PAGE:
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A brief history of cheating at video games

Engadget - Sat, 2019-06-15 10:00
For as long as we've played games, there have been players willing to break the rules in order to win. Whether it's rolling weighted dice, counting cards, or hip checking pinball machines, you can bet your bottom dollar that if there's a game of chan...

FiiO’s new earbud looks and sounds more expensive than it is - CNET

CNET News - Sat, 2019-06-15 09:55
FiiO’s hardly a newcomer to headphones, but their FH5 is miles ahead of what came before.

Triangle’s pint-size speakers are high-end masters - CNET

CNET News - Sat, 2019-06-15 09:47
The Audiophiliac’s ears-on review of the Triangle Esprit Titus EZ speakers.

9 great reads from CNET this week - CNET

CNET News - Sat, 2019-06-15 09:00
Why altered videos are a social media nightmare, what Electronic Arts is doing to make gaming less toxic and how a fat-cat Facebook group is lifting humans from despair.

One Dead After Fecal Transplant Gone Wrong, FDA Warns

SlashDot - Sat, 2019-06-15 09:00
fahrbot-bot shares a report from Ars Technica: One patient has died and another became seriously ill after fecal transplants inadvertently seeded their innards with a multi-drug resistant bacterial infection, the Food and Drug Administration warned Thursday. The cases highlight the grave risks of what some consider a relatively safe procedure. They also call attention to the mucky issues of federal oversight for the experimental transplants, which the FDA has struggled to regulate. In its warning Thursday, the agency announced new protections for trials and experimental uses of the procedure. The FDA shared minimal details from the deadly transplants. Its warning only noted that the cases involved two patients who were immunocompromised prior to the experimental transplants and received stool from the same donor. Subsequent to the transplant, the patients developed invasive infections from an E. coli strain that was resistant to a wide variety of antibiotics in the penicillin and cephalosporin groups. The E. coli strain carried a drug-defeating enzyme called an extended-spectrum beta-lactamase (ESBL), which generally cleaves a ring common to all the chemical structures of those antibiotics. When unnamed researchers who administered the transplant looked back at the donor stool, they found that the stool contained an identical ESBL-producing E. coli. One of the patients died and the fate of the other was not discussed. The agency also did not say how or why the patients were immunocompromised prior to the transplants, what the transplants were attempting to accomplish, how they were carried out, who conducted the transplants, or when they occurred.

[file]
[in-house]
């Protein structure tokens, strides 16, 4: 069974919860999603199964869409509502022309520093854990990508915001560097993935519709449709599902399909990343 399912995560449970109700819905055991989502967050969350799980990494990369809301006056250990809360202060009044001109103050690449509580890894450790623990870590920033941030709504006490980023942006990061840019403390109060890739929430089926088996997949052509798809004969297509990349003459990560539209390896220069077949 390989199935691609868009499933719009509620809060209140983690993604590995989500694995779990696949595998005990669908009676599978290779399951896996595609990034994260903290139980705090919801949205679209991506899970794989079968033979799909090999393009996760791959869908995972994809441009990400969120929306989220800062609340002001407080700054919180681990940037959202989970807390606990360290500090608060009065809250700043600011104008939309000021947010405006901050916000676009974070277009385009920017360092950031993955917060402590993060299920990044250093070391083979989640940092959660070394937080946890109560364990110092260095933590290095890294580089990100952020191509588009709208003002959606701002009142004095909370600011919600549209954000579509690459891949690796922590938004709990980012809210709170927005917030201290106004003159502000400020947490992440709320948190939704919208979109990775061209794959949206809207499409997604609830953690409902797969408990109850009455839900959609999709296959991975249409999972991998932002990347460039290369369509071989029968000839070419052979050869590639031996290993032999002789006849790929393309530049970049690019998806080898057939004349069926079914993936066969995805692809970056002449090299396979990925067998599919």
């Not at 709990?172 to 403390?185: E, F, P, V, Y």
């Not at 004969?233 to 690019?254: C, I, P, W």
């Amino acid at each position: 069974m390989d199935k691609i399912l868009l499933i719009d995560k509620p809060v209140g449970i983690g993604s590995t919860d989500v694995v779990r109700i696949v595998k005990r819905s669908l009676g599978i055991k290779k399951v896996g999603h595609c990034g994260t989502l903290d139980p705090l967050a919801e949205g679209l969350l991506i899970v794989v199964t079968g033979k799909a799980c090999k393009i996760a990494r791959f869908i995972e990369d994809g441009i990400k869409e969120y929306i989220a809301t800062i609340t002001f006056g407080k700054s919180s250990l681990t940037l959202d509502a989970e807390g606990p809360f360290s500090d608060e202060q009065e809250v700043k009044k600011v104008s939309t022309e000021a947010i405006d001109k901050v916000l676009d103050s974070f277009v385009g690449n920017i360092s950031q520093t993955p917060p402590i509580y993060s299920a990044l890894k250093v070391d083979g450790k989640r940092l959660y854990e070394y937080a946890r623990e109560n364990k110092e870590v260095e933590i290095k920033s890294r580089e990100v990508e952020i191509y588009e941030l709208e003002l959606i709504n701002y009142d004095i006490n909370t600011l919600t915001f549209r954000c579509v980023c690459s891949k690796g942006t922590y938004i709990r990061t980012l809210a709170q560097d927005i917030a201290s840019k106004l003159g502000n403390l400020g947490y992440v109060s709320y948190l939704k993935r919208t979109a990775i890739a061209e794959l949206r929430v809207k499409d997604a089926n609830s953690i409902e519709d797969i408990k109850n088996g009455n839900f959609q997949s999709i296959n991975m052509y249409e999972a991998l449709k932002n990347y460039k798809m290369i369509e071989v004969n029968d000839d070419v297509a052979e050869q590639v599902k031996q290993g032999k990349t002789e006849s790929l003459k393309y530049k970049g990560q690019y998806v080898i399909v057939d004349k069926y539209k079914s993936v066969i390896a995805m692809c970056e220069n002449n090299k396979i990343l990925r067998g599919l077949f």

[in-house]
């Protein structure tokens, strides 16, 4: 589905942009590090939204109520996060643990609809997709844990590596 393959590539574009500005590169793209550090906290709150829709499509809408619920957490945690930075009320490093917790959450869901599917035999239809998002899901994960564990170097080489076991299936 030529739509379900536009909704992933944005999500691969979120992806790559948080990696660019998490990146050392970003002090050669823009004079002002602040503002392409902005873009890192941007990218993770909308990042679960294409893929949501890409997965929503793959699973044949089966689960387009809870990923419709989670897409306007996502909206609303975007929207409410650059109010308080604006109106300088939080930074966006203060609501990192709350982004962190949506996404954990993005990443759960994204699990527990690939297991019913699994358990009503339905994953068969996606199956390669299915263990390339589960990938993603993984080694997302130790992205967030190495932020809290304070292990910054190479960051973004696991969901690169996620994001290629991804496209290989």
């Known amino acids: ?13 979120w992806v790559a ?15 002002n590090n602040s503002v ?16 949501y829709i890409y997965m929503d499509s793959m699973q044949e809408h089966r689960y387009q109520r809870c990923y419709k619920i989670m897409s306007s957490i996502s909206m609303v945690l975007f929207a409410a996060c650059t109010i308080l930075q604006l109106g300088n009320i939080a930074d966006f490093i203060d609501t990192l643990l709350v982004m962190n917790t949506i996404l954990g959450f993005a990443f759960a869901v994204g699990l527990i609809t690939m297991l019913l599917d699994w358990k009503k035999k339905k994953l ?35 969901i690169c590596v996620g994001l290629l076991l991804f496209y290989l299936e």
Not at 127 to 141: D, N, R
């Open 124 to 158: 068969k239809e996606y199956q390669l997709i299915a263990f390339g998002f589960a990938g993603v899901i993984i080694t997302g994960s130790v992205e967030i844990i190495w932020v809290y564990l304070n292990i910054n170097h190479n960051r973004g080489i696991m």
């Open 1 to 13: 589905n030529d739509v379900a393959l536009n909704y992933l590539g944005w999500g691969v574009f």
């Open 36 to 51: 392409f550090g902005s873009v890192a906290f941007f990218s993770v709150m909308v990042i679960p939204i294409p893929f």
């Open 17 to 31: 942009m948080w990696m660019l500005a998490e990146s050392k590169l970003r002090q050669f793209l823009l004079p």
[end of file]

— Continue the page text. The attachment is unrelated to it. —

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The Morning After: Going under the hood of Honda's adorable EV

Engadget - Sat, 2019-06-15 08:45
Hey, good morning! You look fabulous. Now that E3 2019 is over there's plenty of time to catch up on all of the gaming news revealed this week. Once you're through with that, we've got some info about an appealing electric car, and a look back at th...

This home theater has a secret feature that hides something god-awful - CNET

CNET News - Sat, 2019-06-15 08:22
Show Us Yours: Joe and his wife wanted to replace their unattractive entertainment system with something better. See how they said goodbye to ugly by hiding their wires.

Rushing foldable phones doesn't work. Just ask Samsung and Huawei - CNET

CNET News - Sat, 2019-06-15 08:00
Commentary: Galaxy Fold and Mate X delays show that foldables aren't ready yet.

At E3 2019, video game makers held back the hype - CNET

CNET News - Sat, 2019-06-15 08:00
The gaming industry is learning to manage expectations.

McLaren 720S, Tesla Mobile Service and more: Roadshow's week in review - Roadshow

CNET News - Sat, 2019-06-15 08:00
Here's what you missed for the week ending June 15, 2019.

Here come the dark mode browsers -- and websites - CNET

CNET News - Sat, 2019-06-15 08:00
This is a dark web you can get behind, once developers embrace the ability to bypass glaring white websites.

The best small SUVs and crossovers for the money - Roadshow

CNET News - Sat, 2019-06-15 08:00
These are Roadshow's favorite compact crossovers and SUVs that you can buy today.

Why iPod Touch 2019 is a worthy $200 on-ramp to iOS apps - CNET

CNET News - Sat, 2019-06-15 07:00
Commentary: What the latest iPod Touch lacks in screen and battery life, it makes up for in apps, games, AR and a headphone jack.